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UC Berkeley's Chancellor Robert Berdahl told members of the Residence Hall Assembly Monday night [April 5, 1999], that People's Park is a "wonderful site" to build additional university housing -- especially when the city's housing shortage is taken into consideration... Berdahl said building student housing at People's Park would be an ideal solution to the housing problem because it would not reduce parking, it would help eliminate crime and it would make the area more useful for students... After hearing about Berdahl's comments, other university officials denied that there were any proposals to build on the plot of land... Some students also said that developing the People's Park site would be politically unfeasible and incredibly time-consuming.
(excepted from Laurel Westbrook article in Daily Californian, 4/6/99)
On January 14, 1997, Councilmembers Spring, Shirek and Worthington submitted to the Council a resolution in honor of David Nadel, supporting People's Park as a future City Park and reaffirming the Council's commitment to make People's Park a permanent public open space and to work cooperatively with the University of California. The measure passed unanimously.
Councilmember Spring also proposed that the Council adopt a resolution of the Peace and Justice Commission proclaiming January 14th through the 21st David Nadel Week in the City of Berkeley and requesting that the City's flags be flown at half mast during this week. The measure passed unanimously
David Nadel, long time People's Park activist and co-sponsor of this page, died December 21, 1996, victim of a senseless murder (police have identified a suspect). A memorial music and dance festival is being held at David's nightclub, Ashkenaz, 1317 San Pablo Boulevard, Berkeley, Saturday and Sunday, January 18th and 19th, 11:00am-1:30pm (admission free).
On Saturday, January 4, 1997, the detested volleyball courts in People's Park were finally removed by a combination of a university-contracted bulldozer and people's demolition parties. The university had first agreed to the removal of the courts back in January of 1995, but then shilly-shallied for two years. The gaping muddy pit will be filled with dirt and covered by sod.
Affirmative Action took center stage as People's Park became a side
show at the University of California Regents meeting on January 18th in
The Regents refused to modify their controversial decision to abolish Affirmative Action (Obsolete link) - and with one rather bizarre exception (One Regents' Opinion), the Regents more or less refrained from discussing People's Park.
As best can be ascertained from news reports, the Regents have approved
Chancellor Tien's plans for the Park,whereby the University pays for "capital improvements" and the city "manages" the Park as permanent open space.
According to U.C. Berkeley spokesman Jesus Mena, the chancellor can go ahead and enter into an agreement with the City of Berkeley as long as the agreement doesn't cost more than $1 million. No further consultation with the Regents may be necessary.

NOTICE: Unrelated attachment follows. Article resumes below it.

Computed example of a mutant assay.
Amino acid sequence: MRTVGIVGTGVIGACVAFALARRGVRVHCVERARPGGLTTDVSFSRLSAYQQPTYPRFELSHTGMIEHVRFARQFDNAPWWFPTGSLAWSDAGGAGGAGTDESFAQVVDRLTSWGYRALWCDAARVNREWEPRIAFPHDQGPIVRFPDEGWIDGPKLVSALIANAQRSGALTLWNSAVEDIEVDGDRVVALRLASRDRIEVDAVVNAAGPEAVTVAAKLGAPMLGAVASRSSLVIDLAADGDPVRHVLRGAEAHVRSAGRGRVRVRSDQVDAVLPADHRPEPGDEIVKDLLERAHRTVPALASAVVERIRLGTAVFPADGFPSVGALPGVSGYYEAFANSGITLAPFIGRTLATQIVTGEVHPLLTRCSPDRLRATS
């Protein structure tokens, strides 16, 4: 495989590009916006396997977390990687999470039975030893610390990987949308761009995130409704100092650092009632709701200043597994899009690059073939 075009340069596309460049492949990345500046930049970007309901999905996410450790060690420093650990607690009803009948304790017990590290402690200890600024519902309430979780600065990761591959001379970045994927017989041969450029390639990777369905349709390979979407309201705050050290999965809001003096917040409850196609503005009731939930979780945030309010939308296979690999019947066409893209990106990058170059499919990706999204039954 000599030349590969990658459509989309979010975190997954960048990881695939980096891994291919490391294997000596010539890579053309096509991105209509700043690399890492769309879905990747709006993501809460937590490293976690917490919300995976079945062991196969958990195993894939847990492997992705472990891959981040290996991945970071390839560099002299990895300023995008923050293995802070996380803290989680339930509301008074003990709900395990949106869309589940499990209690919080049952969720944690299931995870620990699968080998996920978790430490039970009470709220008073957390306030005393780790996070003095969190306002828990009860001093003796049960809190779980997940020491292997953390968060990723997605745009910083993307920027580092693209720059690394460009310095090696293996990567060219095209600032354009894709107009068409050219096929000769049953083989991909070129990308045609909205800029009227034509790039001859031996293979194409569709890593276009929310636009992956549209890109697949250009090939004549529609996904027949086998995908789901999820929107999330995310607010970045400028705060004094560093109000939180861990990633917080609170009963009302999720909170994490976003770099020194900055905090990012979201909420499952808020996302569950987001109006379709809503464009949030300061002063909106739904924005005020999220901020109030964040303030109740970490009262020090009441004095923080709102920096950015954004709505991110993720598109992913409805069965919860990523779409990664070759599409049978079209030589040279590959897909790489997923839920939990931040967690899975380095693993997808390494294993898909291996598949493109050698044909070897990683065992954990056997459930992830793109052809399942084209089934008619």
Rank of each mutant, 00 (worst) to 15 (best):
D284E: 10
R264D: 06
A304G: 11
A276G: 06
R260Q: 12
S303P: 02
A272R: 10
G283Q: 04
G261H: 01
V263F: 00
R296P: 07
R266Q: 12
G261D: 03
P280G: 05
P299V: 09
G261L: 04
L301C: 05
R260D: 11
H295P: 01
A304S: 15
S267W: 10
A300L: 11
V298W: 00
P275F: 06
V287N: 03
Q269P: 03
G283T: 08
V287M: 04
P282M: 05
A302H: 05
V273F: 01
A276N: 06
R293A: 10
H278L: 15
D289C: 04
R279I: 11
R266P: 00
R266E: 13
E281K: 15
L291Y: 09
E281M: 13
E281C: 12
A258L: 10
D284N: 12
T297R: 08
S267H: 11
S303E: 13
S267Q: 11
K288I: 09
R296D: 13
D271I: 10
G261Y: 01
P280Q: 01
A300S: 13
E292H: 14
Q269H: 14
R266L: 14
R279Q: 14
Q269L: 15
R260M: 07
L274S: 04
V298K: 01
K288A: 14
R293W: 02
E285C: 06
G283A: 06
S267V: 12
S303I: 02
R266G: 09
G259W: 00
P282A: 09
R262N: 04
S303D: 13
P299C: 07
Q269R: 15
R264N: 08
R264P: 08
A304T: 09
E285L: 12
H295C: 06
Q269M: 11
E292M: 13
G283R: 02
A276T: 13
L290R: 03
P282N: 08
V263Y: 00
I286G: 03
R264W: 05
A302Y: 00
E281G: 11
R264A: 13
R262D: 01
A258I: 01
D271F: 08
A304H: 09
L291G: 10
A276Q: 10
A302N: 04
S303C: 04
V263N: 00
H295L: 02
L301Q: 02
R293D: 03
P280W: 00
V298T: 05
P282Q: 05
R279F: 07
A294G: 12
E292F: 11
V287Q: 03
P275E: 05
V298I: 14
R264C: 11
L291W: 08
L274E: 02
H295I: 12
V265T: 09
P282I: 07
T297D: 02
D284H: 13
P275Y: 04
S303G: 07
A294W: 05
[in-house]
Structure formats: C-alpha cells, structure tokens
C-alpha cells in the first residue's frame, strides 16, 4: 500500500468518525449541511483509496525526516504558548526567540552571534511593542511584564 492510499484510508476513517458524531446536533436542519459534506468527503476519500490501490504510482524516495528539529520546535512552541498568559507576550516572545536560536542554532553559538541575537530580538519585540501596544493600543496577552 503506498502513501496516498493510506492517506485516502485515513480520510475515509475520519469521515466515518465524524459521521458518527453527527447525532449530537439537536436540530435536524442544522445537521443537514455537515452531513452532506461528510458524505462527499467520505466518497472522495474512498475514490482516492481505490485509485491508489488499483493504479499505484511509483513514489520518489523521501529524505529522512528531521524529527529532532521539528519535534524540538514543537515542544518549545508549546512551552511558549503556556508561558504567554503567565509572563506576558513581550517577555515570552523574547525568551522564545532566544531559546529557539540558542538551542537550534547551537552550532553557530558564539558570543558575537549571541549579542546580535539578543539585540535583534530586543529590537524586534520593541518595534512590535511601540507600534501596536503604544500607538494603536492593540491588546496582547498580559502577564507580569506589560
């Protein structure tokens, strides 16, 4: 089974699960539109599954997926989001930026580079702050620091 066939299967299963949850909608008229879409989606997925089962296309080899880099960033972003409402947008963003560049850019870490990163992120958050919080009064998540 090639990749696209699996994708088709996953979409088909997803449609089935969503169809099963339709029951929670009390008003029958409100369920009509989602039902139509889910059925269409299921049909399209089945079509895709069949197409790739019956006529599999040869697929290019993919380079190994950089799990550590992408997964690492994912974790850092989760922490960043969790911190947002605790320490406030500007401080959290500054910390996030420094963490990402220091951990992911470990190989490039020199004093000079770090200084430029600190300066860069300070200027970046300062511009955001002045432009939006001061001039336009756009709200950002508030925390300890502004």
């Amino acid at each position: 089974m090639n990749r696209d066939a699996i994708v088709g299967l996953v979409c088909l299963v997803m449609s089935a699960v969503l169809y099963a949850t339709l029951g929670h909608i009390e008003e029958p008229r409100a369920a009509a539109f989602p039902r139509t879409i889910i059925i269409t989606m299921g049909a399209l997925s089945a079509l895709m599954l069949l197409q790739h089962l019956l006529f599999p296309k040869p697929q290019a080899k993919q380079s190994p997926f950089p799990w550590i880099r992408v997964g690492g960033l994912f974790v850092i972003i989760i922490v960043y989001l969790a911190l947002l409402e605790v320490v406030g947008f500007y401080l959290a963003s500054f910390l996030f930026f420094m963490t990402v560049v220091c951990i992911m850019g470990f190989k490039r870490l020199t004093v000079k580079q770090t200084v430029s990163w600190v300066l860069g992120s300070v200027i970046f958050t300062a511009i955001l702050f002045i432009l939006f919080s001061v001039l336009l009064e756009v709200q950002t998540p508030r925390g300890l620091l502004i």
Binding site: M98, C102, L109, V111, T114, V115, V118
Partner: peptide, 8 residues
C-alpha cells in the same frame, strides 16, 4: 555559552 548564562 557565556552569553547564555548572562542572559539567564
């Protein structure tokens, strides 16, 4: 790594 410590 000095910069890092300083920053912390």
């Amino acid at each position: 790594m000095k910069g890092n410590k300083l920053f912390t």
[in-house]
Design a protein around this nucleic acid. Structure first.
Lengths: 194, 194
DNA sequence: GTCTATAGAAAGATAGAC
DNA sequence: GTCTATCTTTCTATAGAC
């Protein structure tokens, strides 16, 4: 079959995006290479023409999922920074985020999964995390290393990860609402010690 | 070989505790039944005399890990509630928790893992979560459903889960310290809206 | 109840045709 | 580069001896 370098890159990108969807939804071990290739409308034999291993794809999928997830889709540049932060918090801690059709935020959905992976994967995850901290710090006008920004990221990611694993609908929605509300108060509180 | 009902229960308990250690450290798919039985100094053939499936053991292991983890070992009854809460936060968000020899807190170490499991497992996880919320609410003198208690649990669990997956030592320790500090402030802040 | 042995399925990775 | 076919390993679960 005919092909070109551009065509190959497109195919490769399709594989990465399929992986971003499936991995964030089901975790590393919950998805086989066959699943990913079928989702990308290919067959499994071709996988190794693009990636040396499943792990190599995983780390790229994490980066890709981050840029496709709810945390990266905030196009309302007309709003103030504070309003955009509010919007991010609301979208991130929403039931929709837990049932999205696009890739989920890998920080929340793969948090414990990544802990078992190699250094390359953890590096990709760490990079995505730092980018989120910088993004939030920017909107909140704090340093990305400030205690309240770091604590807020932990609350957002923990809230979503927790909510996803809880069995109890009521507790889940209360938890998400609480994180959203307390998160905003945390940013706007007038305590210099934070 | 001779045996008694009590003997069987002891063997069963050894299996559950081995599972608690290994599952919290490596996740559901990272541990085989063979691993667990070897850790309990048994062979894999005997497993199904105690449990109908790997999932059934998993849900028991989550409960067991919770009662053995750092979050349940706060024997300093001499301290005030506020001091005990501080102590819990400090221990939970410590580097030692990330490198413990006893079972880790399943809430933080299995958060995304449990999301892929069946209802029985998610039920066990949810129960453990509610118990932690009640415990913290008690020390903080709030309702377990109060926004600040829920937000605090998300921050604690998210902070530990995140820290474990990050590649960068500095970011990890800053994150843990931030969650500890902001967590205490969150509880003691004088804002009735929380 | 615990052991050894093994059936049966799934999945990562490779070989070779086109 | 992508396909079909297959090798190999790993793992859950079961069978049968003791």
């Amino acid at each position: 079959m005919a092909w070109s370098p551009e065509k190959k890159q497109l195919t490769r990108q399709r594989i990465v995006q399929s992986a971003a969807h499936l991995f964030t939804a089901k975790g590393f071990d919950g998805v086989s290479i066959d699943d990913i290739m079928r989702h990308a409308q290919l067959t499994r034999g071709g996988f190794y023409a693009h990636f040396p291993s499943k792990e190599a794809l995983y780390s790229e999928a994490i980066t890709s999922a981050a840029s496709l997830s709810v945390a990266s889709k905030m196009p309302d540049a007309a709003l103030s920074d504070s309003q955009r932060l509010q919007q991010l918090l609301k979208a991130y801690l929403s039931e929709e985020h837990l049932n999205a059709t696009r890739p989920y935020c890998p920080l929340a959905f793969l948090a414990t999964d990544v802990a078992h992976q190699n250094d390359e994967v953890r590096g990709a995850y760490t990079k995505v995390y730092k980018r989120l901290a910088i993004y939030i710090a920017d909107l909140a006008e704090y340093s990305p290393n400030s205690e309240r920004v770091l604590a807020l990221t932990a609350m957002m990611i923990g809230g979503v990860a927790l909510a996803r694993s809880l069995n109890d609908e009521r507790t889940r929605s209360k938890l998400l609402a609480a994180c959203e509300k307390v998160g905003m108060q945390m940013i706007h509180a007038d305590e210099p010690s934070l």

Will the Park remain permanent public open space? Or will it become
intramural sports courts? On March 21st, the City's lease of the East and West ends of People's Park will expire. The City has still not negotiated a new lease. Both City and University officials claim the new plan will make People's Park permanent public open space, but there is still no legal agreement which guarantees this.
Will U.C. tear out the free clothing box and prohibit serving food to the homeless?
After hundreds of citizens packed January 9's City Council meeting, the City
rejected the most odious provisions the University had demanded: removal of
the free box and a ban on food distribution. Mayor Shirley Dean has since
recanted these threats.
Will the City Council keep its backbone? Now is the time for Berkeley residents to E-Mail their Mayor and City Council members.
Of course, any agreement by the City to "manage" the Park is only a temporary, partial solution. As U.C. spokesperson Irene Hegarty said, the Regents "can always decide to take up People's Park at any time." A lasting solution requires that the U. C. Regents call off their 26-year-long game of political football and turn ownership of the Park over to the people who built it and use it. Pledge
At yet another over-capacity City Council meeting dealing with People's
Park, the Berkeley City Council voted 8-1 on January 9 to endorse a modified
version of U.C.'s "Conceptual Plan." In a nutshell.... A broad
coalition of Park supporters, the Religious Community, Food Not Bombs,
and Merchants forced the Berkeley City Council to substantially modify
the "UC Conceptual Plan." But until UC relinquishes ownership,
there is no guarantee that People's Park will survive as public open space.
For more information check: " CLIFFORD FRED'S ANALYSIS"
Under new pressure from Berkeley's religious community, the Council deleted explicit references to removing free food and clothing services for the poor. How long the Free Box's reprieve will last is anybody's guess.
[For more information check : LETTER FROM RELIGIOUS LEADERS]
The Council added the word "public" to the Plan's goal of preserving the Park as "permanent open space." As Clifford Fred explained to the Council, a private golf course is open space, but it is not public open space -- one could got shot for trespassing.
In another significant development, City Councilmember Donna Spring, seconded by Maudelle Shirek, made a motion to explore acquisition of the Park. She withdrew the motion but vowed to bring it back to the Council in March.
Note: DONA SPRING voices her support for People's Park and shares an early People's Park experience in a short article for the web site.
MAUDELLE SHIREK also expresses her support for People's Park.
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